Q: How did “Carolina Smile” come about?

Arvie: “Carolina Smile” was also written for my wife.  One of the first things I ever noticed about her was her smile.  It is radiant and infectious.  So, I sat down and thought about all of the places or experiences growing up that gave me the same feeling as her smile.  That’s where I came up with the first line ... “Like the sunrise over a Carolina cotton field, Like the green grass growing up on Butler Hill, Like the midnight moon in the southern summer sky, Like Mom’s sweet tea after walking a country mile. . . girl I love your smile."

Q: How has move to Tate Music Group benefitted you/band and where do you expect it to go? Was that a factor in your recording in Nashville?

Arvie: At this point, I really don't know how the deal with Tate Music Group is going to benefit me.  I signed a one record marketing and publication deal with them.  In many ways I have learned to keep my expectations low when dealing with record labels.  They sometimes promise the world and deliver very little.  In essence, it is what it is and I leave it in the Lord’s hands. 

As far as recording in Nashville, that was a completely different story in and of itself.  I signed with a producer out of Nashville to record 15 songs.  He was supposed to pitch the songs to various record labels, artists, and music libraries.  Once my contract ran out and he had not been able to sign us to any type of deal the songs became my sole property to do with as I please.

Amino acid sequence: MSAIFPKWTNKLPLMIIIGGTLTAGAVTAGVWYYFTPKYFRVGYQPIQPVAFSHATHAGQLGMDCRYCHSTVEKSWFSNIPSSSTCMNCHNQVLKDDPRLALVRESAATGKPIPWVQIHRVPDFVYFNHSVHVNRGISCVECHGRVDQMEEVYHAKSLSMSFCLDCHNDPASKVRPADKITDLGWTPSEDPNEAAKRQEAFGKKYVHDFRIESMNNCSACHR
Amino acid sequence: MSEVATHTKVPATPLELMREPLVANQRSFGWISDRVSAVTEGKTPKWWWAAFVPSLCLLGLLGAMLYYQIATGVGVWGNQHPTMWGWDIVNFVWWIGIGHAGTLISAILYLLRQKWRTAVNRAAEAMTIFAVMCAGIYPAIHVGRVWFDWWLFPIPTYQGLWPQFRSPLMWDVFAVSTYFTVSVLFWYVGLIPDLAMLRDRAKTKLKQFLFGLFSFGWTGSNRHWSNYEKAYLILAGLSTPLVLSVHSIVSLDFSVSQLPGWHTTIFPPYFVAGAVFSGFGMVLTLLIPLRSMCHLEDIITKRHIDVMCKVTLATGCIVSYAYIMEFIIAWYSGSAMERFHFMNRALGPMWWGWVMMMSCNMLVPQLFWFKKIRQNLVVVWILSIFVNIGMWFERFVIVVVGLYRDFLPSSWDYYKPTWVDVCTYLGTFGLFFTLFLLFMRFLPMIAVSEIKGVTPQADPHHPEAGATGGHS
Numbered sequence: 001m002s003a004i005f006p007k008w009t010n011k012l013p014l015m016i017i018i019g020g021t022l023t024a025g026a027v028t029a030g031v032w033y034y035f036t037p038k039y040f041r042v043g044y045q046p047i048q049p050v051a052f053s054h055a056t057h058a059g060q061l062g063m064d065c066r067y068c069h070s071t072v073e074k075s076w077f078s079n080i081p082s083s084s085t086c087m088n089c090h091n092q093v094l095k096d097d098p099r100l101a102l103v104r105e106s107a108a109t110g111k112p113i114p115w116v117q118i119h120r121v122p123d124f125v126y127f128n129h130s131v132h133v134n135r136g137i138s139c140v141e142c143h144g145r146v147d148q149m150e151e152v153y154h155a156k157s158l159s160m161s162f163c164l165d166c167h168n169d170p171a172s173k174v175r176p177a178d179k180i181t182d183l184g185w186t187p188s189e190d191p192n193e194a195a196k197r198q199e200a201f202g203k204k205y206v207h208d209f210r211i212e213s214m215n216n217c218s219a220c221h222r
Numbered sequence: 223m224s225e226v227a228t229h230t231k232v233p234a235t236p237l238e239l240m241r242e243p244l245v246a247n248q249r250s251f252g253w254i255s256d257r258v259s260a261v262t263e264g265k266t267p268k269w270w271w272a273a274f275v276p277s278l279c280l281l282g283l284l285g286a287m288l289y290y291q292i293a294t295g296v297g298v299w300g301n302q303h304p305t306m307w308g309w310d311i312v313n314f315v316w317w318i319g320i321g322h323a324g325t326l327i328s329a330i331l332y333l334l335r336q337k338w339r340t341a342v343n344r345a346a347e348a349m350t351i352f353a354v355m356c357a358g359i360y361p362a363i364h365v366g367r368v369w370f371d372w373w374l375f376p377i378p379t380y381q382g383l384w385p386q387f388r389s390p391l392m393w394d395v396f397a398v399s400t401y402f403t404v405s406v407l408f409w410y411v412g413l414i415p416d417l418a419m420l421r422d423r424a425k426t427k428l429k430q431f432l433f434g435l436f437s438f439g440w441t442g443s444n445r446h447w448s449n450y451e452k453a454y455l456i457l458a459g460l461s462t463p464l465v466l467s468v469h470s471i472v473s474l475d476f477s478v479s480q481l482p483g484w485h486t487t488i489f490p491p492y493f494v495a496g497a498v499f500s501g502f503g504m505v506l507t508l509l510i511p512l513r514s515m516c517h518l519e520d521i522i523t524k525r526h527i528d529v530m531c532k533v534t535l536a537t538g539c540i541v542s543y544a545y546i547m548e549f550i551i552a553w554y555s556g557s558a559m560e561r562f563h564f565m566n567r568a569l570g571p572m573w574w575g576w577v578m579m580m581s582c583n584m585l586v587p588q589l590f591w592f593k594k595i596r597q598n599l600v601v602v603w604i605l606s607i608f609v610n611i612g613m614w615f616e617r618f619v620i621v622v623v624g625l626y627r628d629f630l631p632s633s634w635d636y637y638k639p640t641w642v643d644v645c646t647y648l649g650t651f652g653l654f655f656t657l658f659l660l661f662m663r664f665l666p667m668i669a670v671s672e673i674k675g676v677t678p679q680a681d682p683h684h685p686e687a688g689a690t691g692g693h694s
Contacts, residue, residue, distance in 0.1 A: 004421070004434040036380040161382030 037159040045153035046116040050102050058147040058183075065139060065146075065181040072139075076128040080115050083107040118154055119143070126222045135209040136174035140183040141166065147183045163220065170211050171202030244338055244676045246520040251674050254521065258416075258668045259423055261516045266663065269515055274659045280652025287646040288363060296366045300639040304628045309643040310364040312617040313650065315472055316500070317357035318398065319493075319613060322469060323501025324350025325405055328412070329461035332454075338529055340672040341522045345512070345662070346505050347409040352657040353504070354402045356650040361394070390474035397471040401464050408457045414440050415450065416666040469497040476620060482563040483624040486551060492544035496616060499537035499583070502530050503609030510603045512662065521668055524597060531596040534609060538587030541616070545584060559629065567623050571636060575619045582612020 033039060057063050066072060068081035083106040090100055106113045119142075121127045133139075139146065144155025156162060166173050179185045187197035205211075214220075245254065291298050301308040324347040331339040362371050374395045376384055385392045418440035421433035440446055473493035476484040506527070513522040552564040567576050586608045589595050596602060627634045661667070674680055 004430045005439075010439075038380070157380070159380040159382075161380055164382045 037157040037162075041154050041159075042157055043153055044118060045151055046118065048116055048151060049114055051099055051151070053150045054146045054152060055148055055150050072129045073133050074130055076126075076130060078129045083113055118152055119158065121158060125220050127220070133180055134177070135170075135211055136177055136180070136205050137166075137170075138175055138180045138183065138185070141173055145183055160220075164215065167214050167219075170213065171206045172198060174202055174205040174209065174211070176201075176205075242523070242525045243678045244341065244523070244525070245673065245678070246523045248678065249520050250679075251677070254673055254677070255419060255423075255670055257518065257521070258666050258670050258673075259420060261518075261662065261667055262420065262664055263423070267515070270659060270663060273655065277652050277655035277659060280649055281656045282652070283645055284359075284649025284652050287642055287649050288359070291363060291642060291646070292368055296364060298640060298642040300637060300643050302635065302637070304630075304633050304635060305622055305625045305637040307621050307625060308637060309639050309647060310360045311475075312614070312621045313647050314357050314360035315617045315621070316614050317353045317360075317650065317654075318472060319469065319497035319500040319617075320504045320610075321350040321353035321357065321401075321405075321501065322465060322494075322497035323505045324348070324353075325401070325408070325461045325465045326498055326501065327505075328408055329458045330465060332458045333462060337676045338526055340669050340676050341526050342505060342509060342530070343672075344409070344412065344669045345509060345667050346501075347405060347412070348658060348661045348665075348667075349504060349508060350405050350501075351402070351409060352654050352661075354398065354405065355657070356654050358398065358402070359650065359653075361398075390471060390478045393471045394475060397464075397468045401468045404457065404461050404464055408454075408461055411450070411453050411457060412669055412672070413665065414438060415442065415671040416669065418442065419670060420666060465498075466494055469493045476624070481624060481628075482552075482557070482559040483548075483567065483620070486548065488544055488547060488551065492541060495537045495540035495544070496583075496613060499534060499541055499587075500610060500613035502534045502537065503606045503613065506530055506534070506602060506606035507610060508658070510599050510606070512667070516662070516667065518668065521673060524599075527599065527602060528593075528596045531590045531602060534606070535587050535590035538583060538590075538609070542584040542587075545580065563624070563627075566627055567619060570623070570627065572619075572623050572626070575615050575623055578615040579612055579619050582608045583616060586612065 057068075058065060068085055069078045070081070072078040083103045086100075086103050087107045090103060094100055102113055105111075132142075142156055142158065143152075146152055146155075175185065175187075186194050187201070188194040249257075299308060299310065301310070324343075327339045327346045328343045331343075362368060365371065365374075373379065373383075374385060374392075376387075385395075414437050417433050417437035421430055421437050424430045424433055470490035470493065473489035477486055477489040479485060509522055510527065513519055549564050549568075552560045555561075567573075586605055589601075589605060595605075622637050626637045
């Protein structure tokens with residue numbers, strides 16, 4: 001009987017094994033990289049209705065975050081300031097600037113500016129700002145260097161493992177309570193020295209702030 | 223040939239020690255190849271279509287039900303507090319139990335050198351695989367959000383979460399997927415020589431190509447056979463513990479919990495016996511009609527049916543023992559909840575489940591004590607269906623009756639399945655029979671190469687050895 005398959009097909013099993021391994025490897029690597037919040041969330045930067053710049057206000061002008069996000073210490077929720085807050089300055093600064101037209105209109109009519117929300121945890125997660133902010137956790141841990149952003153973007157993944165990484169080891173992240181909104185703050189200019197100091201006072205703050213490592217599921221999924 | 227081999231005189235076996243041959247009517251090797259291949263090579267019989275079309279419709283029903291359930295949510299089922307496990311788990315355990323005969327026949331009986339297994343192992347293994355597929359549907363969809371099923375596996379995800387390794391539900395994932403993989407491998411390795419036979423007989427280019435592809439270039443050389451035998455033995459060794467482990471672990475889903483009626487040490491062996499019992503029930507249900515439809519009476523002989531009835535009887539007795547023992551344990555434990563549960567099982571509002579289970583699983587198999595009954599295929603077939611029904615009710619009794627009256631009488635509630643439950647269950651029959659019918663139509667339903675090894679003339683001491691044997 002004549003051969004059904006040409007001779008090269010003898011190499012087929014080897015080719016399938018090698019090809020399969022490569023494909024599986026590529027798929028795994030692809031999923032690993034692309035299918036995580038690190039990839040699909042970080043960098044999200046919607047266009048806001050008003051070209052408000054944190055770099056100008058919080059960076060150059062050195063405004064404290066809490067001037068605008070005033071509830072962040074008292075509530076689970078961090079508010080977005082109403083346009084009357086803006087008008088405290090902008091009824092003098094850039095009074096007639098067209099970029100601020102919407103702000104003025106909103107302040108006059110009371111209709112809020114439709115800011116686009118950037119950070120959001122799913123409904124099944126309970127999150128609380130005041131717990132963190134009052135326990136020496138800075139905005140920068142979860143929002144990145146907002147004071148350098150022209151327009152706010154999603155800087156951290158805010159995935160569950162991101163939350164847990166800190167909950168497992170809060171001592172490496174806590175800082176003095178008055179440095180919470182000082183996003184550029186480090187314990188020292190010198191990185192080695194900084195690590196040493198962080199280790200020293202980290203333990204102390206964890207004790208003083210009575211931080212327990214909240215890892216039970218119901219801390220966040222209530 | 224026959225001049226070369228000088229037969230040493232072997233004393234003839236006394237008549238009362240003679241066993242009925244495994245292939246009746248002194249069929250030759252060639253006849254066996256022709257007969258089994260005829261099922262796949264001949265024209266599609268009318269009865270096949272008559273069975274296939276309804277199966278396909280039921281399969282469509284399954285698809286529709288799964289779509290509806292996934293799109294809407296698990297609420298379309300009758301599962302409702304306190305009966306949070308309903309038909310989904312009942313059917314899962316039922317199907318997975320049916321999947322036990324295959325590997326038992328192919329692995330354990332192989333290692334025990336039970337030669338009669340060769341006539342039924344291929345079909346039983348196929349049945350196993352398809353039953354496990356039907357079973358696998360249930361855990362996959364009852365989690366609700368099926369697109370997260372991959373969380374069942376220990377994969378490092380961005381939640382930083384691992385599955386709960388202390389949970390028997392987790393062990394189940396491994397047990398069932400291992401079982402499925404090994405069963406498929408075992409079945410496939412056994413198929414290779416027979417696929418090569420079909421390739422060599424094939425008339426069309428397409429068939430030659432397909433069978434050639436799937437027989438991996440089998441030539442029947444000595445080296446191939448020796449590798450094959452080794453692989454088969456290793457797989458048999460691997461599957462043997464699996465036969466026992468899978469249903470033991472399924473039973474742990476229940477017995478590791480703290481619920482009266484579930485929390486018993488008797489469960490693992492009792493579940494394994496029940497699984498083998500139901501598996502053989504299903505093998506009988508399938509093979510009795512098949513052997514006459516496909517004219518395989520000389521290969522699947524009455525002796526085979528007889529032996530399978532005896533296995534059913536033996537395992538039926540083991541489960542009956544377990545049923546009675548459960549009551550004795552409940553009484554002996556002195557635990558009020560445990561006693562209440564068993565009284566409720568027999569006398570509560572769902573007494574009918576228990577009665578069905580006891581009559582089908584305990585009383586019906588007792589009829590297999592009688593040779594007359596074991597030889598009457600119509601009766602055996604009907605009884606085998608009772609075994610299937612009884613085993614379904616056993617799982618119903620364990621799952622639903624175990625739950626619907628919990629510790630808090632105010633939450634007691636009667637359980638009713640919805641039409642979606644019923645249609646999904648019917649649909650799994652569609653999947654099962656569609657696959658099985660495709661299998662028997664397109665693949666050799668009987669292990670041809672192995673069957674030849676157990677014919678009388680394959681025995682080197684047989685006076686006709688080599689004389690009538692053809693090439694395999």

Q:  You also mention that you began playing guitar as a youth minister to lead worship service. This tells me the Christian faith is powerful with you and (amusingly) you enjoyed taking command of the audience?

Arvie: I spent almost 10 years in vocational ministry and found it very difficult to procure good worship leaders.  I grew up singing in the church but had never tried to pick up an instrument.  So, I bought myself a guitar and taught myself the basic chords needs to play simple worship songs and progressed from there. 

Honestly, over the past five years, I have struggled with my Christian faith.  Like many others, I have been hurt by organized religion or the “Church” as we call it.  In many ways, that is why I turned to doing music in the bars and clubs.  For almost two years now I have played in over 200 bars and clubs.  I have seen the good, the bad and the ugly of what happens in those places.  I have met some really wonderful people who are struggling and hurting. 

Do I enjoy taking command of the audience? In the beginning, I really enjoyed the thrill of it.  I enjoyed the fact that I could make people move and clap and cheer.  I enjoyed being the star on the stage.  However, over the past three months, the power of my Christian faith has been moving in my heart.  I have come to the realization that I am commanding an audience for all the wrong reasons.  I am commanding an audience so they will buy my CD, T-shirt, or spend more money.  I find myself so far from where I started when I first started playing the guitar and writing music.  I long to go back to the days when I was not commanding the audience but I was simply an instrument being used by God.